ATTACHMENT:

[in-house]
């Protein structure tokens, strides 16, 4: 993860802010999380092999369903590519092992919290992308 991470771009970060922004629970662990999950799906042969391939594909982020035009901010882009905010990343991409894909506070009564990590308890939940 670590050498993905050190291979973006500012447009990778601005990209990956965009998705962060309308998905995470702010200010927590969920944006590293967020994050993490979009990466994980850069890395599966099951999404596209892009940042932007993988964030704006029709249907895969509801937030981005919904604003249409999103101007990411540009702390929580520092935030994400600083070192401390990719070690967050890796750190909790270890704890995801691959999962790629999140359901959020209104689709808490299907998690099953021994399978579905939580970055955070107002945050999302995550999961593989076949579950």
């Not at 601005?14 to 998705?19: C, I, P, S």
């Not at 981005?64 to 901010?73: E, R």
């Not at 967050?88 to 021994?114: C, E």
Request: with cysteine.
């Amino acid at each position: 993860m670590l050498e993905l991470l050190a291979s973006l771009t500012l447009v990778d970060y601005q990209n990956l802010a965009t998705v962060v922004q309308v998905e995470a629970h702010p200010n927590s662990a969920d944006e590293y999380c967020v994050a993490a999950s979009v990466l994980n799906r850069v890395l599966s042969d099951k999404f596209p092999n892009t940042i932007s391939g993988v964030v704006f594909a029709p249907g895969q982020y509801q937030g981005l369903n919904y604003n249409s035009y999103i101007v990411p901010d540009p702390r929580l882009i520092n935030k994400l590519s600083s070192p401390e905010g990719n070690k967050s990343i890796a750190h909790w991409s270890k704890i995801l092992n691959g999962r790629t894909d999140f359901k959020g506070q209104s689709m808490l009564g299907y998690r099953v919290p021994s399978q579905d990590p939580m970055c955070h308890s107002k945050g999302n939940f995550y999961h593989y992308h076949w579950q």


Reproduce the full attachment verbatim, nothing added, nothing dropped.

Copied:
[in-house]
């Protein structure tokens, strides 16, 4: 993860802010999380092999369903590519092992919290992308 991470771009970060922004629970662990999950799906042969391939594909982020035009901010882009905010990343991409894909506070009564990590308890939940 670590050498993905050190291979973006500012447009990778601005990209990956965009998705962060309308998905995470702010200010927590969920944006590293967020994050993490979009990466994980850069890395599966099951999404596209892009940042932007993988964030704006029709249907895969509801937030981005919904604003249409999103101007990411540009702390929580520092935030994400600083070192401390990719070690967050890796750190909790270890704890995801691959999962790629999140359901959020209104689709808490299907998690099953021994399978579905939580970055955070107002945050999302995550999961593989076949579950």
């Not at 601005?14 to 998705?19: C, I, P, S």
């Not at 981005?64 to 901010?73: E, R």
């Not at 967050?88 to 021994?114: C, E």
Request: with cysteine.
């Amino acid at each position: 993860m670590l050498e993905l991470l050190a291979s973006l771009t500012l447009v990778d970060y601005q990209n990956l802010a965009t998705v962060v922004q309308v998905e995470a629970h702010p200010n927590s662990a969920d944006e590293y999380c967020v994050a993490a999950s979009v990466l994980n799906r850069v890395l599966s042969d099951k999404f596209p092999n892009t940042i932007s391939g993988v964030v704006f594909a029709p249907g895969q982020y509801q937030g981005l369903n919904y604003n249409s035009y999103i101007v990411p901010d540009p702390r929580l882009i520092n935030k994400l590519s600083s070192p401390e905010g990719n070690k967050s990343i890796a750190h909790w991409s270890k704890i995801l092992n691959g999962r790629t894909d999140f359901k959020g506070q209104s689709m808490l009564g299907y998690r099953v919290p021994s399978q579905d990590p939580m970055c955070h308890s107002k945050g999302n939940f995550y999961h593989y992308h076949w579950q």